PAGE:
Leaving aside reading music which I never really learned,
Interestingly, the only accurate
way to notate guitar music is with TAB. Going off a normal staff arrangement doesn't tell you which
A, for example, you should be playing. Is it at the 17th fret of the E-string, the 12th fret on the A-string, the seventh fret on the D-string or the second fret on the G? Although technically
the "same" note (at least on a staff), they each have a noticeably different timbral quality, a slightly different response time, and a significantly different sustain-decay ratio. That's due to the difference in string sounding-length, gauge, tension, and construction (i.e. wound vs unwound).
That difference is something that's routinely used to good artistic effect by masters of the guitar. It's not just what
notes you play, it's also
where and on what strings
that makes a difference. Bass players too, where the differences between neck position and string being used are very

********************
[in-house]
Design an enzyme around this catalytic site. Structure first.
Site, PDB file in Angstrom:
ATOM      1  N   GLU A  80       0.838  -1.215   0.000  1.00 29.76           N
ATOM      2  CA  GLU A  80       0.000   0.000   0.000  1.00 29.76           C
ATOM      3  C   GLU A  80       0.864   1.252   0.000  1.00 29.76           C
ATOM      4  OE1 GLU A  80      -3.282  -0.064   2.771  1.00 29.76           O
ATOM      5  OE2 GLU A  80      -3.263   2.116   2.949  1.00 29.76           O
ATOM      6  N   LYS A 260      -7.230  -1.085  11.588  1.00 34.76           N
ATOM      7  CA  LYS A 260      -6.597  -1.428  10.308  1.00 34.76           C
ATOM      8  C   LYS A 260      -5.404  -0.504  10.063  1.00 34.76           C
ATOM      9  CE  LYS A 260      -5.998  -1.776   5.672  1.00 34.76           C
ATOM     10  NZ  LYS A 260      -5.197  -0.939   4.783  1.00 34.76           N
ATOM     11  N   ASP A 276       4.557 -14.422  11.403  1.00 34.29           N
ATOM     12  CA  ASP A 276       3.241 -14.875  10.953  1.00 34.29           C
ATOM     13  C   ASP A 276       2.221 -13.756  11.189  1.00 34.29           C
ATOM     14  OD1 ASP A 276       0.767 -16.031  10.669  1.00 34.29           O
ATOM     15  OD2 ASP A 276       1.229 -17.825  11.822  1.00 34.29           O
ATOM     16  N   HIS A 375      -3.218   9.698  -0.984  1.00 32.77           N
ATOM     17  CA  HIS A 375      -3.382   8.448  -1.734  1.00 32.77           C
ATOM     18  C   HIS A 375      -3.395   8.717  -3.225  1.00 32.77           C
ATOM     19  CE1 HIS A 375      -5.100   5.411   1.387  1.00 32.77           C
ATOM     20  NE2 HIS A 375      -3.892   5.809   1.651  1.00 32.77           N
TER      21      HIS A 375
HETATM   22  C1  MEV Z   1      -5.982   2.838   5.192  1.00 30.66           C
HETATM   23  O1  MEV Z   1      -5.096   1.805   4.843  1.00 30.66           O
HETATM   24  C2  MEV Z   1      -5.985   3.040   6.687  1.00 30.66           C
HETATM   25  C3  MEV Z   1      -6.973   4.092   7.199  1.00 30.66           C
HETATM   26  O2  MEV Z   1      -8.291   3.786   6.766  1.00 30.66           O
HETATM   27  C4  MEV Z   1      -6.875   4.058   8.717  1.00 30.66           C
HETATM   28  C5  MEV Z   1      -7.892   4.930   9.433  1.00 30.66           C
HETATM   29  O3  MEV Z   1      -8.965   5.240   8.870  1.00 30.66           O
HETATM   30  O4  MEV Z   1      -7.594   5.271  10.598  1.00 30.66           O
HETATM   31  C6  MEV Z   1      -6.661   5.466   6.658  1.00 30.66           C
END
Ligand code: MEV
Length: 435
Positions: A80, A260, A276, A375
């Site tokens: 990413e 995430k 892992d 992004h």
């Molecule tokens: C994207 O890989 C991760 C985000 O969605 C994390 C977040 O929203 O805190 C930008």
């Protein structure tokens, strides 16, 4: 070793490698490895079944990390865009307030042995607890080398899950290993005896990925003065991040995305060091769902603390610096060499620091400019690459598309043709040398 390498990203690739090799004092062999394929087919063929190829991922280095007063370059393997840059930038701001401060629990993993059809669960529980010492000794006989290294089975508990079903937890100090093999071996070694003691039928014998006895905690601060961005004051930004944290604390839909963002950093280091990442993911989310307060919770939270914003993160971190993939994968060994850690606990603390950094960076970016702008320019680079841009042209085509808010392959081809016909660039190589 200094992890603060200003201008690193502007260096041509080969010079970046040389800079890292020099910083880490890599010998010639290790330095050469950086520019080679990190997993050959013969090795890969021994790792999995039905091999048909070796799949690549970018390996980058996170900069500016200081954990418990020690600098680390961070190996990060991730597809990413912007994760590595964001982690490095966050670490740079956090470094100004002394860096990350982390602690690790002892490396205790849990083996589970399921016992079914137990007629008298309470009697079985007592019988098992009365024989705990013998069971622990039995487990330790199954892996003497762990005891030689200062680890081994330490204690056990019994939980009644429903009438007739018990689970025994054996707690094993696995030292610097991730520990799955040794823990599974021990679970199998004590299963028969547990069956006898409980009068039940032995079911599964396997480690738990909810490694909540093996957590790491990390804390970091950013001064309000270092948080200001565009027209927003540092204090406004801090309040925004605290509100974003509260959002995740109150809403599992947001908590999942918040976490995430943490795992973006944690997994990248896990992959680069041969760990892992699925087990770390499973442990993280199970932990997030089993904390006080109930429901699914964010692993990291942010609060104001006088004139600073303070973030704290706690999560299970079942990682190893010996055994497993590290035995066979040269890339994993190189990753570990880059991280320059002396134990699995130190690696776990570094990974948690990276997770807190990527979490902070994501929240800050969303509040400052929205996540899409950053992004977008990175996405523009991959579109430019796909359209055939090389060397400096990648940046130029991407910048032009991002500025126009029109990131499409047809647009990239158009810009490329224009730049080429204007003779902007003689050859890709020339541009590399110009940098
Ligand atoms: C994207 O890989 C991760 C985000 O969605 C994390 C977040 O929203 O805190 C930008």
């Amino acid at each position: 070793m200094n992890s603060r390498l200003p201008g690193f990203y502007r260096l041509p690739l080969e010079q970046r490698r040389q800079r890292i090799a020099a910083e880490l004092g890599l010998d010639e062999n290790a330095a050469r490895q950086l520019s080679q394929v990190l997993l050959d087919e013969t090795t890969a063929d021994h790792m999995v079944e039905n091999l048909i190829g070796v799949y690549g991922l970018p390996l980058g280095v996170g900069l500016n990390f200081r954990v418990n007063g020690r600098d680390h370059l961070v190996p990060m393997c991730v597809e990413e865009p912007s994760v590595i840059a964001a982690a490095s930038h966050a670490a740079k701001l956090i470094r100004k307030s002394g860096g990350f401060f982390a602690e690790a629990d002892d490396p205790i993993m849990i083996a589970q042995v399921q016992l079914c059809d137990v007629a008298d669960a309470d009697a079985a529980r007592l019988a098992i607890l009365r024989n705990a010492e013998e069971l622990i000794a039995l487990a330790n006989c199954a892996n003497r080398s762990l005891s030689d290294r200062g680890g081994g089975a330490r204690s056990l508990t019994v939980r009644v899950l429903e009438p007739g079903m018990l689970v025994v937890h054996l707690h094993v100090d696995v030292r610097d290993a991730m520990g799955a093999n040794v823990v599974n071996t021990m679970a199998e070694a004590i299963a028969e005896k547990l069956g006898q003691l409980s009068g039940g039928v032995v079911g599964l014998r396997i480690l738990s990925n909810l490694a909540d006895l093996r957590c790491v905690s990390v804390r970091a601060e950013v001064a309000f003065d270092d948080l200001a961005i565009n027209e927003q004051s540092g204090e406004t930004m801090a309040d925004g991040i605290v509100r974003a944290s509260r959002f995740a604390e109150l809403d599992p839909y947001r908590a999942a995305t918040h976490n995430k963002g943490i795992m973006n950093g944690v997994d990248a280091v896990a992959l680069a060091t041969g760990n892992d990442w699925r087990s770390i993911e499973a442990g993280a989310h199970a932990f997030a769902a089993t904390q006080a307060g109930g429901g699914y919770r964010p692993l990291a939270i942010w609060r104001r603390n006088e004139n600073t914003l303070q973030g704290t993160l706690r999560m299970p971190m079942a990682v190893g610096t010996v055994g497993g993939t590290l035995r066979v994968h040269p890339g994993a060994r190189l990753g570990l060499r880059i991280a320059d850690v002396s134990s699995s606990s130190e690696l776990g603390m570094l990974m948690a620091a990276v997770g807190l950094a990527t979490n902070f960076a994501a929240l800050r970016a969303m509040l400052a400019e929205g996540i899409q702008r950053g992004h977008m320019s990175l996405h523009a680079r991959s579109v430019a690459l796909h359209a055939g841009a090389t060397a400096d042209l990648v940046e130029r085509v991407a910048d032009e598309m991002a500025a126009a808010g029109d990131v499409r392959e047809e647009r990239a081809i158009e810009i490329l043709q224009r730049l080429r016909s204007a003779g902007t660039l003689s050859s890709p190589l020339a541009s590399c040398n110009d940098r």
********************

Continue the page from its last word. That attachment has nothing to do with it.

audible. Even to an untrained ear.
Then there's how
you play a chord...
As with single notes, there are many different patterns to get the same chord. But some work better than others because of the specific inversion
found in the triad; or because of which notes
happen to be doubled in the chord, and where and on what strings it's played. That is what makes the biggest audible difference in sound between the "exact same" guitar chords. And to get an accurate chord transcription you also can’t
use traditional music notation. You need the actual chord diagrams
to duplicate what the guitarist is playing.
TAB and chord diagrams...their use is often mocked by "classically trained" musicians. But the simple truth is: they're the only
closest to accurate
way to notate guitar music.